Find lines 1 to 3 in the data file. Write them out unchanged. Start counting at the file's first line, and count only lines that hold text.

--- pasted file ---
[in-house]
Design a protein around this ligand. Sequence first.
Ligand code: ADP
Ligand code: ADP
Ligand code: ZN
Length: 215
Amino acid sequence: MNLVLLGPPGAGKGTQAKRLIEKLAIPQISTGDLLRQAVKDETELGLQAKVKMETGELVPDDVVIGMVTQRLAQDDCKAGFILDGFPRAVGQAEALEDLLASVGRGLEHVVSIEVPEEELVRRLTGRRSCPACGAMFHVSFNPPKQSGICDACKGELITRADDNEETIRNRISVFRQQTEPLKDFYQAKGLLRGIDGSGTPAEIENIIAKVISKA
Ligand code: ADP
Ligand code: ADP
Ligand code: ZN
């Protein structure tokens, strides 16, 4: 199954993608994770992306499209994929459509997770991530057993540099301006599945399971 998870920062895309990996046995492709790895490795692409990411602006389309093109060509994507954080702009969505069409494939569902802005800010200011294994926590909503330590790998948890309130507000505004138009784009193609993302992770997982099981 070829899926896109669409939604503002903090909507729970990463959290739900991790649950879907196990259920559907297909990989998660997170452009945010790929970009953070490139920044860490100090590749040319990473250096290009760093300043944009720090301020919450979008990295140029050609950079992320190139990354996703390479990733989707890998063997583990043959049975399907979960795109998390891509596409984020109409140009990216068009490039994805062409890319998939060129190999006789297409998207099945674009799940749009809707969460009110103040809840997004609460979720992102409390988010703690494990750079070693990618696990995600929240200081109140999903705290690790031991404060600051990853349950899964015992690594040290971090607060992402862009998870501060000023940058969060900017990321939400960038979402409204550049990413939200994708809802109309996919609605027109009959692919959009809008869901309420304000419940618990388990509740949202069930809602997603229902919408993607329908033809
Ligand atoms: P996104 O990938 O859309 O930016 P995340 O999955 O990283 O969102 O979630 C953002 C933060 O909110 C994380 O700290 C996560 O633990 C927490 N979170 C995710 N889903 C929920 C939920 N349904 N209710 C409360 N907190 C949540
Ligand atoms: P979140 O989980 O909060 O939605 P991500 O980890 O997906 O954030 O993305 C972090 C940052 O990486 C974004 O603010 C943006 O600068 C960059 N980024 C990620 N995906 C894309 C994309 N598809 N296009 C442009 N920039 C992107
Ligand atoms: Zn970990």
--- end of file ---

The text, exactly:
[in-house]
Design a protein around this ligand. Sequence first.
Ligand code: ADP